restricted access Acknowledgments
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xi  Acknowledgments I am delighted to acknowledge the many forms of support I received for this book. I am very grateful for the financial support, including a book subvention, that the University of Iowa provided for my project. I am also thankful that the Jean and Samuel Frankel Center for Judaic Studies funded a six-month fellowship at the Institute for Advanced Judaic Studies at the University of Michigan. Several people helped me reconstruct and reimagine the layout,built environments , and social aspects of English cities. Robert Halliday, Margaret Statham ,Betty Millburn,Abby Antrobus,Keith Cunliffe, Caroline Barron,and Sylvia Cox assisted my research on medieval Bury;Giles Darkes at the British Towns Historic Atlas assisted my work on Chaucer’s London. Cath D’Alton prepared many maps for the book. Margaret Gamm, Paula Balkenende, Bethany Davis, and Lindsay Moen, librarians at both the University of Iowa Map Library and Special Collections and Archives department,helped locate several maps used in the book. I owe a huge debt to several scholarly collectives. Both current and former graduate students and colleagues at my home institution, the University of Iowa, supported me through their friendship and by serving as generous readers and interlocutors: Bluford Adams, Tom Blake, Eric Gidal, Lena Hill, Stephanie Horton, Rebekah Kowal, Priya Kumar, Irene Lottini, Erin Mann, Chris Merrill, Judith Pascoe, Laura Rigal, Phil Round, Miri Rubin, Michael Sarabia, Arne Seim, Lara Trubowitz, Chris Vinsonhaler, and Doris Witt. I owe special thanks to Naomi Greyser,Miriam Gilbert, David Cunning,Garrett Stewart, Jon Wilcox, Claire Sponsler, and, most of all, Alvin Snider. Two residencies at the Obermann Center for Advanced Studies helped get the project going and complete it. Thanks especially belong to Teresa Mangum and Jay Semel for their support. The astonishing cohort at both the Frankel Institute for Advanced Judaic Studies and the University of Michigan provided support and feedback at a crucial time. Special thanks go to my research assistant , Shayna Goodman, and to Lois Dubin, Todd Endelman, Deborah Dash xii ACKNOWLEDGMENTS Moore, Anita Norich, Cathy Sanok, Michael Schoenfeldt, Doug Trevor, and Jonathan Freedman. Since the start of the project, members of the Medieval Writers’Workshop have offered expert feedback and key support. I especially thank Elizabeth Allen, Jessica Brantley, Andrea Denny-Brown, Lisa Cooper, Seeta Chaganti, Bobby Meyer-Lee, Dan Birkholz, and Kellie Robertson. Over the years, many other friends and colleagues offered advice, conversed ,read drafts,and helped in other crucial ways:Suzanne Akbari,Pompa Banerjee, Anke Bernau,Lawrence Besserman,Benjamin Braude, Jody Enders, Aranye Fradenberg, Richard Helgerson, Geraldine Heng, Christopher Kendrick , Marcia Kupfer, Jennifer Hellwarth, Seth Lerer, Emma Lipton, David Matthews, Julie Mell, Andy Merrills, Mark Miller, Paul Remley, Pinchas Roth, Andy Scheil, John Sebastian, Jim Shapiro, Bob Stacey, Sarah Stanbury, Sylvia Tomasch, Elaine Treharne, Nick Vincent, Marina Warner and Mimi Yiu. I am also grateful to Meagan Loftin at the University of Washington and Carol Pasternack at UCSB for inviting me to present my work at their institutions; I received invaluable feedback on both occasions. Former Cornell editor Peter Potter chose superb readers; Lisa Lampert-Weissig and Andrew Galloway’s comments substantially shaped the development of this book. Many thanks belong to staff at Cornell University Press—Mahinder Kingra, Karen Hwa, Susan Barnett, Bethany Wasik, and Deborah Oosterhouse —for their assistance in editing and producing the book. I am particularly indebted to Anthony Bale, Heather Blurton, Jeffrey Jerome Cohen,Theresa Coletti, John Ganim,Hannah Johnson,Stacy Klein, Steven Kruger, and Keith Lilley for their exceptional support. My greatest debt is to my family. Nina Lavezzo-Stecopoulos cheerfully endured my highs and lows while working on the project. More importantly, she was and is a constant source of joy. It’s impossible to calculate what I owe my partner in love and scholarship, Harry Stecopoulos. Harry helped shape this book from the start; he challenged me to think more critically and more ambitiously about the scope, nuances, and implications of my topic. Mary Lavezzo supported the project from the start. I dedicate this book to my dad, John Lavezzo, whom I dearly miss. Through his work ethic, optimism, and strength, he embodied virtues that are fundamental to thriving in any walk of life. Sections of chapter 1 appeared as “Building Antisemitism in Bede,” in Imagining the Jew in Anglo-Saxon Literature and Culture,ed. Samantha Zacher (Toronto:University of Toronto Press,2016);portions of chapter 2 appeared as “Shifting Geographies of Antisemitism: Mapping Jew and Christian in Thomas of Monmouth’s Life and...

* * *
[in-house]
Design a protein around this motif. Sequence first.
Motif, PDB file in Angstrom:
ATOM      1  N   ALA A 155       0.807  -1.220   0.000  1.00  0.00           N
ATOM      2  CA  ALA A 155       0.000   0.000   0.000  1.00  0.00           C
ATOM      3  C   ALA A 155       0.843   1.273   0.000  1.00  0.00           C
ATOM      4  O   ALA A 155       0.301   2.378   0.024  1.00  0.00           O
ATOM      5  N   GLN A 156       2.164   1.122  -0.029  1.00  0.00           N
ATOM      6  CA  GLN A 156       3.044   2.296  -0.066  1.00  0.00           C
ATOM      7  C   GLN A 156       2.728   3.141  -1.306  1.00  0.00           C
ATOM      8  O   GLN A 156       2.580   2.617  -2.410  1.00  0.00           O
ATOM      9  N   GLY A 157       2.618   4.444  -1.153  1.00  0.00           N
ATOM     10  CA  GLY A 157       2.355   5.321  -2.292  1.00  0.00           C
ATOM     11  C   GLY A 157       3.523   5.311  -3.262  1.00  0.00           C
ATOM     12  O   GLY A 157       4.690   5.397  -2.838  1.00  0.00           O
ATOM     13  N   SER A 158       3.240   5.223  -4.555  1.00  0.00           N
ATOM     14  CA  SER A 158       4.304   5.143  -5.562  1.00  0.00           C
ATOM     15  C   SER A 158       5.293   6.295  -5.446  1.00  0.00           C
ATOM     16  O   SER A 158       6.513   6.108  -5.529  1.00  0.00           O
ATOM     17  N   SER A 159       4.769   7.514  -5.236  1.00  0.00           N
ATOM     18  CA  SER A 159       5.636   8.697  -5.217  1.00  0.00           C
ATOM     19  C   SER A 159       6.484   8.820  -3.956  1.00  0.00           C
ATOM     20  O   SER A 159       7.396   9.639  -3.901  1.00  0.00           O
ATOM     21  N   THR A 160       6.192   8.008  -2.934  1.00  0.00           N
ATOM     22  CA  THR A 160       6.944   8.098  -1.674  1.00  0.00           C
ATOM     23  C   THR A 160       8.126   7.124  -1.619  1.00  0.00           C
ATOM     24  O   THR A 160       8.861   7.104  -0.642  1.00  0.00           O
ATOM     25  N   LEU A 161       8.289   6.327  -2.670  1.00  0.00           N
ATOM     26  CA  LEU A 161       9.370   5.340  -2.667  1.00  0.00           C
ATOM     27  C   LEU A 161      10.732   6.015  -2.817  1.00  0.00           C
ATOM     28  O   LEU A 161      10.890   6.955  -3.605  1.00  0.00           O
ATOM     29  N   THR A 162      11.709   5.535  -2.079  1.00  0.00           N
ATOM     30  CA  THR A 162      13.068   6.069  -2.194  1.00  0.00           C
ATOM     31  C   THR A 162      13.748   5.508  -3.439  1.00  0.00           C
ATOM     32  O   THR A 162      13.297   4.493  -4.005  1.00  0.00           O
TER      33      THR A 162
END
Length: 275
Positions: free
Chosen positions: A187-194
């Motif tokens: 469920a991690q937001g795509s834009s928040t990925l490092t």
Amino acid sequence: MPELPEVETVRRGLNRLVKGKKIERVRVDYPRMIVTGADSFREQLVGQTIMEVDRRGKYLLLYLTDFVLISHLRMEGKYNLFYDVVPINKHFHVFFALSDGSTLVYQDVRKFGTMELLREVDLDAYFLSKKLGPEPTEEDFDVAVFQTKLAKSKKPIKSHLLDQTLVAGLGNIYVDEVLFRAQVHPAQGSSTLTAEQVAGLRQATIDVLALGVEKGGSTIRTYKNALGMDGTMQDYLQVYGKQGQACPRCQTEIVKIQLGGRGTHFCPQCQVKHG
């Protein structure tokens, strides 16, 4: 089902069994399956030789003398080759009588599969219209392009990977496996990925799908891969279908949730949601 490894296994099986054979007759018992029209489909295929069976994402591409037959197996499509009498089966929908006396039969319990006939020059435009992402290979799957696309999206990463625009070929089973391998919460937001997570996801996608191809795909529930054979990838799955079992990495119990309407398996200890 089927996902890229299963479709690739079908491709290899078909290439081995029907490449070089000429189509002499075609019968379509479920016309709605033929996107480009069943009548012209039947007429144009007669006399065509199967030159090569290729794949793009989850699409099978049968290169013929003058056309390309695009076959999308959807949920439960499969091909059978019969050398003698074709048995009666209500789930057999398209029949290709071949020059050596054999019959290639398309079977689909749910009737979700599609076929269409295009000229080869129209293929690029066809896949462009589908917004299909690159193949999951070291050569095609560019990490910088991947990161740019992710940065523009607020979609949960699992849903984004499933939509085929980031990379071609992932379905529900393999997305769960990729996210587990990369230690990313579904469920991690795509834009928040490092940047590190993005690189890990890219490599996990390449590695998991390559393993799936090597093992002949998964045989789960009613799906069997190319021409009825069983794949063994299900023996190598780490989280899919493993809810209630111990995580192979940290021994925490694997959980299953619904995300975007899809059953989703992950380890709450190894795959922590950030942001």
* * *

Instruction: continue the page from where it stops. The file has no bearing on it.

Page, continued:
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Subject Headings

  • Jews in literature.
  • Antisemitism in literature.
  • English literature -- Old English, ca. 450-1100 -- History and criticism.
  • English literature -- Middle English, 1100-1500 -- History and criticism.
  • English literature -- Early modern, 1500-1700 -- History and criticism.
  • Antisemitism -- England -- History.
  • Jews -- England -- History.
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